I don’t normally watch TED talks – too much bushy-tailed hipster coolness brings out the Eeyore rashes in me – but the Korean press drew my attention to 이진하 Jinha Lee, a South Korean inventor/researcher and one of 21 TED fellows (2013).
According to the BBC report under the heading “3D See Through Computer Revealed”, he is working on SpaceTop 3D desktop in collaboration with Microsoft – pretty nifty technology which basically lets you interact with virtual physicality (that’s my own understanding in 3 words – I realize it sounds like a Jamiroquai song). If you want to know what it is exactly watch the clip on the BBC website.
Mr Lee, a graduate from the Massachusetts Institute of Technology, is currently serving his military obligation in South Korea at Samsung Electronics, where he is working on TV interfaces.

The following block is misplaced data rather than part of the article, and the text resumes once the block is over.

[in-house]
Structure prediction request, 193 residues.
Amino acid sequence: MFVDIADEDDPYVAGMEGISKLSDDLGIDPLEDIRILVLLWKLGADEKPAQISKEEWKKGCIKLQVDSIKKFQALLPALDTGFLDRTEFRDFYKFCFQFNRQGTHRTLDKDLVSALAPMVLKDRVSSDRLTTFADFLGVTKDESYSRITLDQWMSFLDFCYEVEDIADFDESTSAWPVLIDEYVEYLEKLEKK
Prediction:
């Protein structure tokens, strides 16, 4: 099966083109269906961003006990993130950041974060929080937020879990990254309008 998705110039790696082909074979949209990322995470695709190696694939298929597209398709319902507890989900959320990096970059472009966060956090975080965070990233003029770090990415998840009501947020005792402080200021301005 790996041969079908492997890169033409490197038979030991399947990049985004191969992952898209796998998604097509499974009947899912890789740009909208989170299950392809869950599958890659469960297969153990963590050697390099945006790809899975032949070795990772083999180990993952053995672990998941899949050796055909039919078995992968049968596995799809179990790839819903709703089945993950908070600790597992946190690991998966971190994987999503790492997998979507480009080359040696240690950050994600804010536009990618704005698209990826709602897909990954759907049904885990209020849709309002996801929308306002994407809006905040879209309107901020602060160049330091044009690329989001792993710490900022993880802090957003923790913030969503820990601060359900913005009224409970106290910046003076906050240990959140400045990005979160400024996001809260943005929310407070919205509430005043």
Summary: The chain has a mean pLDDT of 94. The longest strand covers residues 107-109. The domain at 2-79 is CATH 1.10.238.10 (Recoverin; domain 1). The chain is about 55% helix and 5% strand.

I love hardware innovation and value it higher than round-edge design crap, and this is how I defend Samsung/Hyundai (e.g. vs Apple). I still think that the reason Germany is the last one standing in Europe is that it BUILDS stuff, cars, consumer electronics, rather than rely on fluffy foam of service/financial industry/soft power/sense of humour.
I went and looked up the list of TED fellows, found another Korean name, Christine Sun Kim, whose biography on the TED site says
Sound artist + composer
Korean-American artist and educator who uses the medium of sound through technology to investigate and rationalize her relationship with sound and spoken languages
So being a nosey git, looked her up and here’s a youtube clip of what she does. She reminds me a little of Evelyn Glennie, a famous percussionist.
When one first comes across art/performance by physically impaired people, it is hard to separate the normal gut reaction of sympathy/empathy giving a positive shading of what they want to express, but when it does happen, what remains is their art judged in the stark light of objectivity, which is why Beethoven remains close to many people’s hearts today. Still, it never fails to impress me what people can get funding to do.